Language plays an important role in communicating smartly and effectively. For lawyers, language is the tool that needs to be constantly polished to perfection through the drafts they work on for clients, the persuasive arguments they put before the courts and even when delivering lectures or explaining strategies to their interns or clients. For any and every purpose, it becomes a lawyer's duty and responsibility to be smarter than others in grasping the dynamics of language and using it at the right time and at the right place to gain edge.
In the October 2010 edition of Readers Digest, there is an interesting article titled "How to Sound Smarter." Basically, it is the RD version of all confusing words and random rules you missed in English class. In this post, I am going to select some of the chosen RD words.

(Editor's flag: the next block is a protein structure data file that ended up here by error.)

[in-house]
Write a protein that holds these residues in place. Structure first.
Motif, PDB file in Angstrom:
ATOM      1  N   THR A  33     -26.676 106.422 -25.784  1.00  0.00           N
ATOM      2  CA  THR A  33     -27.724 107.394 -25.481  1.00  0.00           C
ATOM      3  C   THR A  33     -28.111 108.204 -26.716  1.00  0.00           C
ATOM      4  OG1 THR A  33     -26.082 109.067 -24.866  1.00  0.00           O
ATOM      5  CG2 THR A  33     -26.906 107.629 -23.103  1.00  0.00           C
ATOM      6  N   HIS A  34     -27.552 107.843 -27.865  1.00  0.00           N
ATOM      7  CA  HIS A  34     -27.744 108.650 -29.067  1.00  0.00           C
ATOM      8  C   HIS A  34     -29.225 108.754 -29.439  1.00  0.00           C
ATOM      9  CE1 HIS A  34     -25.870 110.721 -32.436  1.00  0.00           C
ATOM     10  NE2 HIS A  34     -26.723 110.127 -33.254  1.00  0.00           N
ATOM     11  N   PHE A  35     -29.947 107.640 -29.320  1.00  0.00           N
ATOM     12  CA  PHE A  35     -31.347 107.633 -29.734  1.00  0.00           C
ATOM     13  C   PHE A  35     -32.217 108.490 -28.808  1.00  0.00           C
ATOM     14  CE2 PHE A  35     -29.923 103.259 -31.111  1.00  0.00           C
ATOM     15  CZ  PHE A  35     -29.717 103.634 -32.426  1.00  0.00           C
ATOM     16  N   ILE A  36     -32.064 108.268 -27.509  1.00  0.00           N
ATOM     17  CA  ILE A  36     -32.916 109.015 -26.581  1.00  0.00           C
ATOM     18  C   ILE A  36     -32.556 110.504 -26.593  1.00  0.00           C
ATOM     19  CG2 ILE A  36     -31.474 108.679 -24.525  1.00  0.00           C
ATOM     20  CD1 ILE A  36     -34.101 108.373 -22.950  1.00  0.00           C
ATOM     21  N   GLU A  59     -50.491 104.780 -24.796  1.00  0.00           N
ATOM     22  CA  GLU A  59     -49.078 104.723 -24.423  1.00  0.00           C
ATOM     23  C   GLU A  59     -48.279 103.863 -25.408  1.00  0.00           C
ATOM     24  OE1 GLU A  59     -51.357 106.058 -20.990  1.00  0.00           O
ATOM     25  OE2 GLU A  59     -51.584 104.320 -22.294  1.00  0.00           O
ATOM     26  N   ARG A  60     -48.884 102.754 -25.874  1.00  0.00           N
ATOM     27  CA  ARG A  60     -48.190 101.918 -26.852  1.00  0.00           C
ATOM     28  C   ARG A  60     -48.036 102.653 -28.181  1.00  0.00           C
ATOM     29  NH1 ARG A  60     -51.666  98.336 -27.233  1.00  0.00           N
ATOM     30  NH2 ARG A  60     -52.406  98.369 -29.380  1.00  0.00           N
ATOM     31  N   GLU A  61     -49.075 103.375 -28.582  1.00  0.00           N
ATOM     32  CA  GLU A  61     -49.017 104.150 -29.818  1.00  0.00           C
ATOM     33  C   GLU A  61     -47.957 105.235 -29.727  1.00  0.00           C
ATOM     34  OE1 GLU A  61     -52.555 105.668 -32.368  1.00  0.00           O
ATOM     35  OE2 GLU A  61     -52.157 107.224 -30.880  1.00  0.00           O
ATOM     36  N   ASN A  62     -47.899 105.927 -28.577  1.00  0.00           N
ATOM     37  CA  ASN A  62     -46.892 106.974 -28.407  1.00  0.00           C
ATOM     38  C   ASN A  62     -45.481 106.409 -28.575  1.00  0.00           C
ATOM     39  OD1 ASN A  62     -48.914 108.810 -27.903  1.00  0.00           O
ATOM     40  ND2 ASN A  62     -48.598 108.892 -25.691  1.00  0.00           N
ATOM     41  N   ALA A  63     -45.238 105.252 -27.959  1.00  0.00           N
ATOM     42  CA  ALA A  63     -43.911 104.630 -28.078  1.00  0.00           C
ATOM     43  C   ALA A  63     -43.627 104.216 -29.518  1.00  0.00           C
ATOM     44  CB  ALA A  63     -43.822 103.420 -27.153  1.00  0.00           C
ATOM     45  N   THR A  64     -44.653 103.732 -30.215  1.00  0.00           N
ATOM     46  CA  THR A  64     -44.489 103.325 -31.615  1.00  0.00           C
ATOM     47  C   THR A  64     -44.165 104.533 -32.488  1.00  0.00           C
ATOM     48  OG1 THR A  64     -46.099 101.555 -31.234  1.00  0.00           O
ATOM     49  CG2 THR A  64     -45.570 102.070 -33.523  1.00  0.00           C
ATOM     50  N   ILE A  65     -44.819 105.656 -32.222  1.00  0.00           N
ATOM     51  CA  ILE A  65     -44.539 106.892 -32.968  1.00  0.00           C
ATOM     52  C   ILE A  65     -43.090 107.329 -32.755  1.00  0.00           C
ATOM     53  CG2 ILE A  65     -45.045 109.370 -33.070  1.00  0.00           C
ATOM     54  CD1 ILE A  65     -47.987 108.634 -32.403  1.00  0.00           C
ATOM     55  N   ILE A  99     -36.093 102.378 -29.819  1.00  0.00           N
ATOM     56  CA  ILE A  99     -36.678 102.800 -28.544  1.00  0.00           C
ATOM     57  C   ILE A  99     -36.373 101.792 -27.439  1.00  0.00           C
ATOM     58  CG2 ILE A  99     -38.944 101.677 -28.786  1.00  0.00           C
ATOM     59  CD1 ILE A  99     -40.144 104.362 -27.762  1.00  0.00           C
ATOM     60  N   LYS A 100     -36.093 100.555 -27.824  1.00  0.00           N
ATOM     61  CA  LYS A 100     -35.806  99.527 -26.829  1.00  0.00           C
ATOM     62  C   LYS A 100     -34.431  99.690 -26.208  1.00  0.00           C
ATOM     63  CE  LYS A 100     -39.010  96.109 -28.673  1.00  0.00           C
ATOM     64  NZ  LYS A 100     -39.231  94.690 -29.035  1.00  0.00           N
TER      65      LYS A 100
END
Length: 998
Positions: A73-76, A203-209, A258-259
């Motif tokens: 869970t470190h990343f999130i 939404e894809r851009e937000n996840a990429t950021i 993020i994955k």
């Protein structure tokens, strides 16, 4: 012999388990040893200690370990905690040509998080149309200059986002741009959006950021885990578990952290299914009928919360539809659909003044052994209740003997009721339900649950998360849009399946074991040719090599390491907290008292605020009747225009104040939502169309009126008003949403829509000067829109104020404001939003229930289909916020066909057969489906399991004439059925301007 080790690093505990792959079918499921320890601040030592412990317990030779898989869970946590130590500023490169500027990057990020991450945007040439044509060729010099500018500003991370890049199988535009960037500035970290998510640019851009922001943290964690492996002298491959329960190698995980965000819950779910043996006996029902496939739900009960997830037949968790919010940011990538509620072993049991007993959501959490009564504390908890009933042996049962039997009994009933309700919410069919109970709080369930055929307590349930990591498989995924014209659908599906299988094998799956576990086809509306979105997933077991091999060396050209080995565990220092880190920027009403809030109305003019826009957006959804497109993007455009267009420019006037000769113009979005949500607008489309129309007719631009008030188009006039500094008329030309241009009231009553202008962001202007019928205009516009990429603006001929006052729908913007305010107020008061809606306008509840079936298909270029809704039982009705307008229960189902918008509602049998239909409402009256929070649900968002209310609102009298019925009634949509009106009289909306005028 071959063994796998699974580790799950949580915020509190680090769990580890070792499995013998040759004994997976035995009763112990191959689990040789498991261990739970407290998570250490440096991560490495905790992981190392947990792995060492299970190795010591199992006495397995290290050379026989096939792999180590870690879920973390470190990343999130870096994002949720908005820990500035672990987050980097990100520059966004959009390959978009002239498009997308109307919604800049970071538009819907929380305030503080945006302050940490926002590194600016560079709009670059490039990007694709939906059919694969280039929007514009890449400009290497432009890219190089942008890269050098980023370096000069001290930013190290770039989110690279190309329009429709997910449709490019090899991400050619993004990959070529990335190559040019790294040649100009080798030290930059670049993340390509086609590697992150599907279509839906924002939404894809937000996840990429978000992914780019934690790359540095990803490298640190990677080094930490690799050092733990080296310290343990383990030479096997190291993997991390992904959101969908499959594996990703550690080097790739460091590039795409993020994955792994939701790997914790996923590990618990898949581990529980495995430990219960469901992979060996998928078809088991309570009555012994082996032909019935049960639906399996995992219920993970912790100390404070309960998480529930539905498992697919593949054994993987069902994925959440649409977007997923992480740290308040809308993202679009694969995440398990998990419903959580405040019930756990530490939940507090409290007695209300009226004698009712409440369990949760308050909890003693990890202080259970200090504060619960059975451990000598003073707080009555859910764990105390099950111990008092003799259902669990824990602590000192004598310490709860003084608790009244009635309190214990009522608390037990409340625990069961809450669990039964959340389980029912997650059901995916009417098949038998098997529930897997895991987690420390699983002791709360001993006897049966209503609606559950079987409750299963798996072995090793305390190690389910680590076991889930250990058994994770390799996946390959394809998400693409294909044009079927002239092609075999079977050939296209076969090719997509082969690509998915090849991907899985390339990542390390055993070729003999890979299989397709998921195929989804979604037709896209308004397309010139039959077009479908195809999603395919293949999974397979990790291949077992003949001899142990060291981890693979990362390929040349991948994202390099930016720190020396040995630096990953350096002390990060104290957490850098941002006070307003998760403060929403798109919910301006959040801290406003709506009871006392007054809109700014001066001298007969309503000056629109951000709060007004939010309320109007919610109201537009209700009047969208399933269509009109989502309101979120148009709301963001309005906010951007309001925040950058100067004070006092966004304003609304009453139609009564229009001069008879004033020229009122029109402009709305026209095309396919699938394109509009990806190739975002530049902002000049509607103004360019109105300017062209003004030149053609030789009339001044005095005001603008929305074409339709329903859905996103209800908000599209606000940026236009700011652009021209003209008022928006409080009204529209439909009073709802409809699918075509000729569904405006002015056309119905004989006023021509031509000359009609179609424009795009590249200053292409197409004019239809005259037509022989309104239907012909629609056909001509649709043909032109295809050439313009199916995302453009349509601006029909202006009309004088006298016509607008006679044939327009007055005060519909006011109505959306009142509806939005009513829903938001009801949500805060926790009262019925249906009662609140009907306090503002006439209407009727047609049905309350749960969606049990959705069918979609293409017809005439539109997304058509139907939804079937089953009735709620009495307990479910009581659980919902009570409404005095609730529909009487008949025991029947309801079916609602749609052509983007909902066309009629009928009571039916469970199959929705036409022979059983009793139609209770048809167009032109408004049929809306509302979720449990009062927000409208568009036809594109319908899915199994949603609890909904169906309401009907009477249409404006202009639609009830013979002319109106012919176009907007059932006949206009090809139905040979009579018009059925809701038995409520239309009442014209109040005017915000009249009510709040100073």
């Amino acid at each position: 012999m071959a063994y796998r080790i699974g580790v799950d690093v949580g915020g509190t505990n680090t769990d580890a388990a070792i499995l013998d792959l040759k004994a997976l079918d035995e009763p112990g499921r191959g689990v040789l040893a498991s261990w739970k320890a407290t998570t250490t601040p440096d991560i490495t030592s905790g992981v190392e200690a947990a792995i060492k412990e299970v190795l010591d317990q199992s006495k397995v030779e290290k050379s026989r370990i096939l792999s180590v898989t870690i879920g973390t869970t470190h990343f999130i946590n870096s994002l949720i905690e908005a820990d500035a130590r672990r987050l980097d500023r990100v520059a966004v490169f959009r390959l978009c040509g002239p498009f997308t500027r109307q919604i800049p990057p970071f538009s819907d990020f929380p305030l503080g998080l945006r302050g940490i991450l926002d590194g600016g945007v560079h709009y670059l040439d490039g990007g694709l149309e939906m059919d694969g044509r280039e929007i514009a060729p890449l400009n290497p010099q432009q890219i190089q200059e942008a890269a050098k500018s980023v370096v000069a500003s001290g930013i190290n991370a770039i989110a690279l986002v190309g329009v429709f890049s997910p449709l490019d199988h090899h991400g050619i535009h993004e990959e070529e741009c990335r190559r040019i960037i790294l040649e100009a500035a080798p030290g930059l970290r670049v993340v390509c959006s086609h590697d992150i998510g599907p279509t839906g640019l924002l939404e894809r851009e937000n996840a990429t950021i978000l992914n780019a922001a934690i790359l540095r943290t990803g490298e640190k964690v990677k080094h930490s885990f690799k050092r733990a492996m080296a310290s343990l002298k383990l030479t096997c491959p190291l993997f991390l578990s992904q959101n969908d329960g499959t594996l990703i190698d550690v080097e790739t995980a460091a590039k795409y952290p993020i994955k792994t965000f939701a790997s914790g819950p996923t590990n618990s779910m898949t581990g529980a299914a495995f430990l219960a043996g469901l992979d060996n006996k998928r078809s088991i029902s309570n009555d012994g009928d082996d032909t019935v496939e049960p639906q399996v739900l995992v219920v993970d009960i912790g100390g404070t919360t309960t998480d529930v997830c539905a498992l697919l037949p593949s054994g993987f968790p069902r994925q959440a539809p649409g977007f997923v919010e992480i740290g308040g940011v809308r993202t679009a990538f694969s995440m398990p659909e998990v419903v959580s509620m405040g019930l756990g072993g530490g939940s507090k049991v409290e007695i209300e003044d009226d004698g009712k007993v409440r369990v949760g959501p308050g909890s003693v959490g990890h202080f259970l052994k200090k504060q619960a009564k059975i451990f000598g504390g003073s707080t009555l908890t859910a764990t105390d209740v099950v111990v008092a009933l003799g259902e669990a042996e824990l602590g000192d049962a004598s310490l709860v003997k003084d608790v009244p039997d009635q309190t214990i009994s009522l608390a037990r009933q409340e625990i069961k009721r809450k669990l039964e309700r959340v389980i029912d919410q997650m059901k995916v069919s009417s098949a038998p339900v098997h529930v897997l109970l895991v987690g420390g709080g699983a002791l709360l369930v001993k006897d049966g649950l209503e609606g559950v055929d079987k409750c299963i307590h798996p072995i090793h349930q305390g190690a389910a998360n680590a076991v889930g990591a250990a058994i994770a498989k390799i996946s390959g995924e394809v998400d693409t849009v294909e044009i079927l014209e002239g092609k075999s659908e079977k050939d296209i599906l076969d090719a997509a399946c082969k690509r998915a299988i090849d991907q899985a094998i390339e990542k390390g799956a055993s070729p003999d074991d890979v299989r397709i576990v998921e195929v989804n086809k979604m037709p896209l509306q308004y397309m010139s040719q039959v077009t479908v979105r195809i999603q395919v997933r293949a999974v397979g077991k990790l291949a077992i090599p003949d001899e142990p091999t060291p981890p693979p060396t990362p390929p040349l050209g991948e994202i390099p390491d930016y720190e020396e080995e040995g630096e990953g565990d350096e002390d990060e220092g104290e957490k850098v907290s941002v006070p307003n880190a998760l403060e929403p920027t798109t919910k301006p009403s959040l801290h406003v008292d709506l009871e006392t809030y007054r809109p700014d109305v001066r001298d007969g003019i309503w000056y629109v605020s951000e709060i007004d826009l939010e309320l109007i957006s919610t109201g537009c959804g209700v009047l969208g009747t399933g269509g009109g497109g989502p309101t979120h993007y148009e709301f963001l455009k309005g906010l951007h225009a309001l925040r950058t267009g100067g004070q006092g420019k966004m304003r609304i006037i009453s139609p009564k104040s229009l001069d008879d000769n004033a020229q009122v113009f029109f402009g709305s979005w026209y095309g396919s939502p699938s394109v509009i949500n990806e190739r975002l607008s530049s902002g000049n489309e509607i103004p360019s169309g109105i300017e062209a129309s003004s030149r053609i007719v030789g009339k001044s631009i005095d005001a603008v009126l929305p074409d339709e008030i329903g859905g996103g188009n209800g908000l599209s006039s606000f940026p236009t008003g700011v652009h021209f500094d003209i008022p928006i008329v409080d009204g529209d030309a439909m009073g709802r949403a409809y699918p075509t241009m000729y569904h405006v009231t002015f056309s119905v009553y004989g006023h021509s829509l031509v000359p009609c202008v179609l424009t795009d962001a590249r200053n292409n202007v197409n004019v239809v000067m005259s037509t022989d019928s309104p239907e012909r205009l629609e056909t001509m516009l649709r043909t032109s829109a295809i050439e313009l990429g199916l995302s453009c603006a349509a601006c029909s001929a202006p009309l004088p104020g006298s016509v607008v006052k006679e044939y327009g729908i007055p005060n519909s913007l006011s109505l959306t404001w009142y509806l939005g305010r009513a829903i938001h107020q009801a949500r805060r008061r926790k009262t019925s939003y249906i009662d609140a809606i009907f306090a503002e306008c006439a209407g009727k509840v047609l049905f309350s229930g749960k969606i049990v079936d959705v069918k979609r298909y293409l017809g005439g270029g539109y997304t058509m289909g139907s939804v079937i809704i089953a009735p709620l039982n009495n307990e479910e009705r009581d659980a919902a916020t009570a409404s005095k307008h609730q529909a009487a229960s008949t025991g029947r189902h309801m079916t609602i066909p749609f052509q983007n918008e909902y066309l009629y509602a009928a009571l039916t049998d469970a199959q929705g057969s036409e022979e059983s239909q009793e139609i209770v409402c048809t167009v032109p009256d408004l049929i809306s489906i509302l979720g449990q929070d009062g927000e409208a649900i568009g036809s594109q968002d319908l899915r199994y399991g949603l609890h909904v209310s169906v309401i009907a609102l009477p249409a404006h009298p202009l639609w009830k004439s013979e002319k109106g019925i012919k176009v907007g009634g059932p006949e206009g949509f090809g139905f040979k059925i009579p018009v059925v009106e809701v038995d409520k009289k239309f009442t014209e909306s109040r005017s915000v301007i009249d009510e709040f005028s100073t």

1. Use of 'Returned back': Very often, we use the term ' I returned back,' without realizing that it is appropriate to say "I returned" or "I am back" but not, "I returned back."
2. How to pronounce the word 'content': Most professionals pronounce 'content' as 'kontent' and there comes a bit of confusion when you hear it said as 'kaantent.' According to the Readers Digest, you can pronounce it as 'kontent' when you are referring to the subject matter of a book, film, project or website, just to mention a few. However, when you are trying to say that you are satisfied or content about something, the word can be pronounced as 'kaantent.'
Hope you found this post useful. If you can think of other words that we tend to use in a mixed up way, do share them. It would be great to discuss.